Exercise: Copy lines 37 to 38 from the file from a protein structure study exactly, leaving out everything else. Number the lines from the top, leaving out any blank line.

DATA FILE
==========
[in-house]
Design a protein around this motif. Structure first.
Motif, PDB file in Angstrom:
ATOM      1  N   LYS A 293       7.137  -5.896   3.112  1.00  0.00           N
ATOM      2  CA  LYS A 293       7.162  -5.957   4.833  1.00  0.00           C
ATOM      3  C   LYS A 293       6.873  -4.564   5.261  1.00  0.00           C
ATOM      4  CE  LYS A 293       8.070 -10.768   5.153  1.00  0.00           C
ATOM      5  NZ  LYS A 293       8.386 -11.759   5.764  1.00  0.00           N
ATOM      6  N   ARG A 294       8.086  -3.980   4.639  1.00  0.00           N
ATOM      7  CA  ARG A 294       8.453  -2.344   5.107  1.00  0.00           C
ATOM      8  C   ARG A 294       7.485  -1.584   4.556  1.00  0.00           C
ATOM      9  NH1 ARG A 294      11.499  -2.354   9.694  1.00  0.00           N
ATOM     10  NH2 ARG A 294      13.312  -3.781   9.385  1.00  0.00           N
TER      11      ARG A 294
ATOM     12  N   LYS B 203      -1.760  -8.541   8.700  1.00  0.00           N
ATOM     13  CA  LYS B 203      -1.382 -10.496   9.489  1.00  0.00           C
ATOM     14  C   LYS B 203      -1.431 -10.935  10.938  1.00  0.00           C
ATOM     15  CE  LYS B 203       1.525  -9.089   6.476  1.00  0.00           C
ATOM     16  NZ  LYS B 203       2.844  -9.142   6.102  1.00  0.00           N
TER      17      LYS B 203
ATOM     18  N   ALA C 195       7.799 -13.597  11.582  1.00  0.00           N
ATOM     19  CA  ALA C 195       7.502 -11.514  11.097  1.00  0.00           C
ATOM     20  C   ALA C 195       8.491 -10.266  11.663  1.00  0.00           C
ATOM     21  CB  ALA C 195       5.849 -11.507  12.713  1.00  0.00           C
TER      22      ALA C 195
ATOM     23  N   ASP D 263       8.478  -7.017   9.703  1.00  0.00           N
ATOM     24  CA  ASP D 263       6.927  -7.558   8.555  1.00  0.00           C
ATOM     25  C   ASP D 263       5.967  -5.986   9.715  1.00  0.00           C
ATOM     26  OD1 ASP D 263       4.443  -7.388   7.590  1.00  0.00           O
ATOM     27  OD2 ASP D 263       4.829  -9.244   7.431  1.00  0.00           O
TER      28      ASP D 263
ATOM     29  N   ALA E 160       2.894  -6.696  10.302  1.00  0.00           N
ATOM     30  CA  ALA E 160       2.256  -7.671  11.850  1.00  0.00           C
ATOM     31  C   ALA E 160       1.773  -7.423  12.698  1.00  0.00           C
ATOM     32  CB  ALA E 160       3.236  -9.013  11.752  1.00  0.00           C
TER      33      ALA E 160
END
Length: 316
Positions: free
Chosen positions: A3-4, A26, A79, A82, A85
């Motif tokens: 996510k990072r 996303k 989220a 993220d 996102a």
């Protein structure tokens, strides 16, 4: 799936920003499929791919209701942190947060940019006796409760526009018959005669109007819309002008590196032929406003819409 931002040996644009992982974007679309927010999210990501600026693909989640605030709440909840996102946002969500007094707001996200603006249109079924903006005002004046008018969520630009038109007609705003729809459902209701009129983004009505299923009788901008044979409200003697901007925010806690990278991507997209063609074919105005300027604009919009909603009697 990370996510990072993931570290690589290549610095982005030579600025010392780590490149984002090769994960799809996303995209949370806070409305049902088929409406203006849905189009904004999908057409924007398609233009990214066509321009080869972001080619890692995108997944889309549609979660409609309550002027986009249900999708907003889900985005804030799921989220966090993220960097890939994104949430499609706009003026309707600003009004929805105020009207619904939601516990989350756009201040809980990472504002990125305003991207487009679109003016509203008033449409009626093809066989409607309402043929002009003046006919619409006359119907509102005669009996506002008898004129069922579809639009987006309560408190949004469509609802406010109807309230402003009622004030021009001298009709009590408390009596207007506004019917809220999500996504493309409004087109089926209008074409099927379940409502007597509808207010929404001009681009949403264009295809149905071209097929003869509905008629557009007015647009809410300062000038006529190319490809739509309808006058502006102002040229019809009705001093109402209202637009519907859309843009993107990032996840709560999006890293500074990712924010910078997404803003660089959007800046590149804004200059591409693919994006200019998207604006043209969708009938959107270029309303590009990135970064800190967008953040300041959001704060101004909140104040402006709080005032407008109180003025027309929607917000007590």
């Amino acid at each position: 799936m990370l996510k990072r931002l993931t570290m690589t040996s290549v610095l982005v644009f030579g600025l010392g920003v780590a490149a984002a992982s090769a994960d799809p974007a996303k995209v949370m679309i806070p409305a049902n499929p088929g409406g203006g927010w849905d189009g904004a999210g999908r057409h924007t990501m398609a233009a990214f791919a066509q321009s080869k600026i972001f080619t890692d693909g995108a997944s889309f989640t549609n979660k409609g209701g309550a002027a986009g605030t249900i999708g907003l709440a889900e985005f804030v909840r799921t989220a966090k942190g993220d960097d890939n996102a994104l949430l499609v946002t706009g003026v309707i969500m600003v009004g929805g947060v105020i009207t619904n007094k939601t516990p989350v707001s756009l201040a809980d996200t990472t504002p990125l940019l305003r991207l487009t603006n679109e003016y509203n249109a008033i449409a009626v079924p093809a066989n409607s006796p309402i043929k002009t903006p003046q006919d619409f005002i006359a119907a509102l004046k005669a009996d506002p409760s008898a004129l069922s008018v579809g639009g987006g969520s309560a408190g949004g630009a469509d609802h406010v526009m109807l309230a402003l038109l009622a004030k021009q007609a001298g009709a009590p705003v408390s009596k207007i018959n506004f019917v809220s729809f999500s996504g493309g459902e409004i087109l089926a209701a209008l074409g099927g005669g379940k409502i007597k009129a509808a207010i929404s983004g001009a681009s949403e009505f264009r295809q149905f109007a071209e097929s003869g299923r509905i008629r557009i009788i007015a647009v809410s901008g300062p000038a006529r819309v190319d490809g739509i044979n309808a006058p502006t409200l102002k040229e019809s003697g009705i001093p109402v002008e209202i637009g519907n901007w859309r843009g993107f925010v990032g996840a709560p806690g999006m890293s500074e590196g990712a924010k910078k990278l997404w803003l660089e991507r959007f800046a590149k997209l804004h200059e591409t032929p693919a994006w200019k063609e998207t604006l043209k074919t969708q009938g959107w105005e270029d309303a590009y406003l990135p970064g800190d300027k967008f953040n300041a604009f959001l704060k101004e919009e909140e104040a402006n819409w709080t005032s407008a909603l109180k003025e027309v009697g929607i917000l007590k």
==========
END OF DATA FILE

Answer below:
END
Length: 316